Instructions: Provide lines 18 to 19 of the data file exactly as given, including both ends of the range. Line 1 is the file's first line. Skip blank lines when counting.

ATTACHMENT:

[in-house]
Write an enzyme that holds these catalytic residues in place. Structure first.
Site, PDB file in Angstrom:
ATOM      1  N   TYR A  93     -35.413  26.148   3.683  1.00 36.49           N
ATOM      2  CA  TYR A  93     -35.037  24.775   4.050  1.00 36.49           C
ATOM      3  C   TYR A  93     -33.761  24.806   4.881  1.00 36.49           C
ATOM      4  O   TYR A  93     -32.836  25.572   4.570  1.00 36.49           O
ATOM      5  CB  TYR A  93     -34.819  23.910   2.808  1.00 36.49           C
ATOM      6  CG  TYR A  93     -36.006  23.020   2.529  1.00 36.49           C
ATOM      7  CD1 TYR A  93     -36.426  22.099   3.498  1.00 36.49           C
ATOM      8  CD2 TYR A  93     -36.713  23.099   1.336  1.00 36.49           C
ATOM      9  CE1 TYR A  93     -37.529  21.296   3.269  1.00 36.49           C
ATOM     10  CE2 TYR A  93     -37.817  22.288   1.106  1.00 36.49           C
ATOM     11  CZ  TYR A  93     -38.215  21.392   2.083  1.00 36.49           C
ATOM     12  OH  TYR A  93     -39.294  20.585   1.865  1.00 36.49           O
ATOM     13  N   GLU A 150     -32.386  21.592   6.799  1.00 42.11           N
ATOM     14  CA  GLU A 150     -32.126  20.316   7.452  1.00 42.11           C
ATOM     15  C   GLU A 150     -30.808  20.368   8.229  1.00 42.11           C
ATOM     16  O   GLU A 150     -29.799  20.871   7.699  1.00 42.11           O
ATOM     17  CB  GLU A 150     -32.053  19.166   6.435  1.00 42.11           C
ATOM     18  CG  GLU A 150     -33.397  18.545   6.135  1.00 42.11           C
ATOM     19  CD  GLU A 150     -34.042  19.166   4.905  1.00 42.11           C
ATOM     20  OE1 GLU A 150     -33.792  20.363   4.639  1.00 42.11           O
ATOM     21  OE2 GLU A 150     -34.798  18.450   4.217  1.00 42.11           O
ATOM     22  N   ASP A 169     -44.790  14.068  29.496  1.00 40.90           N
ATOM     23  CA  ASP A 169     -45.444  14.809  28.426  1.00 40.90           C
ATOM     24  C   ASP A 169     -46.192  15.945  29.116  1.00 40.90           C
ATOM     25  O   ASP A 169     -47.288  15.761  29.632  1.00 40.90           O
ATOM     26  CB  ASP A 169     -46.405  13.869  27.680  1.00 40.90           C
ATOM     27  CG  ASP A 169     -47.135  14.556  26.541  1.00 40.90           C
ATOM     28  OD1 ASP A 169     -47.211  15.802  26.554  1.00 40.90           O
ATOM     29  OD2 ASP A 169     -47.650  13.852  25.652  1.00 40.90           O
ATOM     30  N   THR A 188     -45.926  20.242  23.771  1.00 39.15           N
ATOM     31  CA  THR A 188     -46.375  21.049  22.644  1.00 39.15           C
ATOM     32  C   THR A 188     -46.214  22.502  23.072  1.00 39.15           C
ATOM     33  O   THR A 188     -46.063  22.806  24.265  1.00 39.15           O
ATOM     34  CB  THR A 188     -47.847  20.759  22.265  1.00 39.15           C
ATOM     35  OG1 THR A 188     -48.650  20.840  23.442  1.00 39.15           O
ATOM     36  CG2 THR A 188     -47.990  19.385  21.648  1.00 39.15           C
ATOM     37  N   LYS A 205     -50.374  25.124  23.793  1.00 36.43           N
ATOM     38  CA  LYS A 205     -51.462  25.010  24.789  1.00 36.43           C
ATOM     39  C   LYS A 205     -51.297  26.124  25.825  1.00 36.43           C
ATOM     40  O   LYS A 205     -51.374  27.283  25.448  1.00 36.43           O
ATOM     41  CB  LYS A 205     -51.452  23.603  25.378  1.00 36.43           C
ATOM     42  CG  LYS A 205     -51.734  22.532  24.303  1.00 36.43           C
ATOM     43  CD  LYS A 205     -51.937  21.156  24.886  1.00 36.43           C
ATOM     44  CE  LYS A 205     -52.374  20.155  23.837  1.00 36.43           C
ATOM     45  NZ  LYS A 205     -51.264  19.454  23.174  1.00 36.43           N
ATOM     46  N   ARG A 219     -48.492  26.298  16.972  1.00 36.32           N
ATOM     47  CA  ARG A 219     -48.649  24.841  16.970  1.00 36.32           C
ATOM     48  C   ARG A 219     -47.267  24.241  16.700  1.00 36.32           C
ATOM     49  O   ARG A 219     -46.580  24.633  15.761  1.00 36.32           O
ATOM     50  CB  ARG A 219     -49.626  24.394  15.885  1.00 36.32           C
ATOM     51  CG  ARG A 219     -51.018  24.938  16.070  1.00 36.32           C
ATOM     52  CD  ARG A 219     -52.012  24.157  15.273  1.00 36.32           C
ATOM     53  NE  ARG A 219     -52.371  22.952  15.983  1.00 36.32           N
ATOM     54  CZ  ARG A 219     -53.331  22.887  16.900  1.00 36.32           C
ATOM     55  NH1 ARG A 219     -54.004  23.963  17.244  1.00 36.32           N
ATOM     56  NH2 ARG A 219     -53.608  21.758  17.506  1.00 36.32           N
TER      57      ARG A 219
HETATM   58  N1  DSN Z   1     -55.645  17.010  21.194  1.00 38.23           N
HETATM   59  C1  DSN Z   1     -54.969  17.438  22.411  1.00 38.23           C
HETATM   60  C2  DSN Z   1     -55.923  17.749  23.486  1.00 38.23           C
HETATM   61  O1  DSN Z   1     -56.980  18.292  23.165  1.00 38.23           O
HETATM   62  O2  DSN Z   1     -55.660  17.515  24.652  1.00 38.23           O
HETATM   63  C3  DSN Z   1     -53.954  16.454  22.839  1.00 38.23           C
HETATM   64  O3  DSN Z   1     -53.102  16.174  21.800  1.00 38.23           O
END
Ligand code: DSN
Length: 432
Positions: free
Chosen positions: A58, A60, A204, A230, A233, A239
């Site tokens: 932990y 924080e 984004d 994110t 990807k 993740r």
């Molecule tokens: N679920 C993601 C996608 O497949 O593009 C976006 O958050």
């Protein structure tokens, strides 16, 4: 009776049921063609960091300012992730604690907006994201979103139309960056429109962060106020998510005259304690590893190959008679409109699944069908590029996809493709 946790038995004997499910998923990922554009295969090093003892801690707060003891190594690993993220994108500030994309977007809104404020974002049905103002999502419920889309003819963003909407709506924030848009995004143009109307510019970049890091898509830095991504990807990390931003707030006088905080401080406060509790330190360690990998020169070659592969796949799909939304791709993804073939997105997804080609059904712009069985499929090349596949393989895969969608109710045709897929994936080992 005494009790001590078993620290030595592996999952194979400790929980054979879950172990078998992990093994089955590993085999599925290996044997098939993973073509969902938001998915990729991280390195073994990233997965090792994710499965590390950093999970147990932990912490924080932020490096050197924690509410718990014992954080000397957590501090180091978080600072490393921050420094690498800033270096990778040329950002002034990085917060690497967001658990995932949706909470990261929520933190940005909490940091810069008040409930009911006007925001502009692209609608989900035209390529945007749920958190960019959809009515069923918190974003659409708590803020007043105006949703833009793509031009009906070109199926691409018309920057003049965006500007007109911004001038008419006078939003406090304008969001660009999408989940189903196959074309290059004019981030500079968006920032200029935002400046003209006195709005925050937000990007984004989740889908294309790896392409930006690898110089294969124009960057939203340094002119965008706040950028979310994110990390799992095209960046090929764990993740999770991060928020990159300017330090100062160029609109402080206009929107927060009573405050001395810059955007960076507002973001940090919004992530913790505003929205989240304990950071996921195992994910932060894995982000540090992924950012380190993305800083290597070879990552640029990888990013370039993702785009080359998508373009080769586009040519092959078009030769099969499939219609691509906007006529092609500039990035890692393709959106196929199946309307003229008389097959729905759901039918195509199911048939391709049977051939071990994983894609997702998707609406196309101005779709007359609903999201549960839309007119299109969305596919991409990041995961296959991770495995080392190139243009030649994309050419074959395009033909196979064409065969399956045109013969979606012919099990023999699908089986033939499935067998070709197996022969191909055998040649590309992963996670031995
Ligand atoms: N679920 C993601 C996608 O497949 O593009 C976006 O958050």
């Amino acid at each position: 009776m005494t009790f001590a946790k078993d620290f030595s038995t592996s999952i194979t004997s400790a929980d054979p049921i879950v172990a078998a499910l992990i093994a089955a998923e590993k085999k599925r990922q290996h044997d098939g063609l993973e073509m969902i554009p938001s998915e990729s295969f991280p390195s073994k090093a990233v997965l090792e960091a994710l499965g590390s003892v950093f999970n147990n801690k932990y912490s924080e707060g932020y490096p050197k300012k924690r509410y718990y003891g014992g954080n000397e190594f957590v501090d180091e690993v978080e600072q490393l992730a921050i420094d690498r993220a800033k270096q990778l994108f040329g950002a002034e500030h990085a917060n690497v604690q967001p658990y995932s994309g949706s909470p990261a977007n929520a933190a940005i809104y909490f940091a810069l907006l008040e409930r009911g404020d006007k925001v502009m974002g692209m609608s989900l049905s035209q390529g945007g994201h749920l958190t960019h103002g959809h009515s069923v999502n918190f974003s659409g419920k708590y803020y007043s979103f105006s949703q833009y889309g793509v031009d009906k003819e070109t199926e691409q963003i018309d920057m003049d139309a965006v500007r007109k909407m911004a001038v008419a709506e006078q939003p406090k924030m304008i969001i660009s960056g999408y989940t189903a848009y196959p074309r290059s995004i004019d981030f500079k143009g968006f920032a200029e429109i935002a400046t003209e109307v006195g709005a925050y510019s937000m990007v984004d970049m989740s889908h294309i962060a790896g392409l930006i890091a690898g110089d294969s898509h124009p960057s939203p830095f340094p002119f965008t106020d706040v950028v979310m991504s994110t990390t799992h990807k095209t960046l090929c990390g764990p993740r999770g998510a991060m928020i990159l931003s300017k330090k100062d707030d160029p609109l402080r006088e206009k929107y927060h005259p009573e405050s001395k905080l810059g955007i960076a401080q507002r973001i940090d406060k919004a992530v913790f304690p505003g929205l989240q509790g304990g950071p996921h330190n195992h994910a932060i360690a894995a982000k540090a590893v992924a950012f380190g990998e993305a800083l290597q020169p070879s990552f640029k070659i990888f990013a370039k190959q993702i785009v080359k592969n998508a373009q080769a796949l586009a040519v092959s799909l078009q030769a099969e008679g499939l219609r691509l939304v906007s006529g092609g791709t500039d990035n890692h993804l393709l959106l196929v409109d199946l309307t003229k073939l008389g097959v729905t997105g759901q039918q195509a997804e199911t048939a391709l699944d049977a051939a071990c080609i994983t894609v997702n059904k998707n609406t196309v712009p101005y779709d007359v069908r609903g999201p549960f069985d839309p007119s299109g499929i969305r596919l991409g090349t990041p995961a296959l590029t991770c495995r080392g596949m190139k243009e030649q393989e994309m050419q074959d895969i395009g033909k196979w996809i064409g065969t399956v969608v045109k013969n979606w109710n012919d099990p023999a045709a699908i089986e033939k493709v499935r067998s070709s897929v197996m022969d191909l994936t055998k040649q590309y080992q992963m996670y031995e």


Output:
ATOM     15  C   GLU A 150     -30.808  20.368   8.229  1.00 42.11           C
ATOM     16  O   GLU A 150     -29.799  20.871   7.699  1.00 42.11           O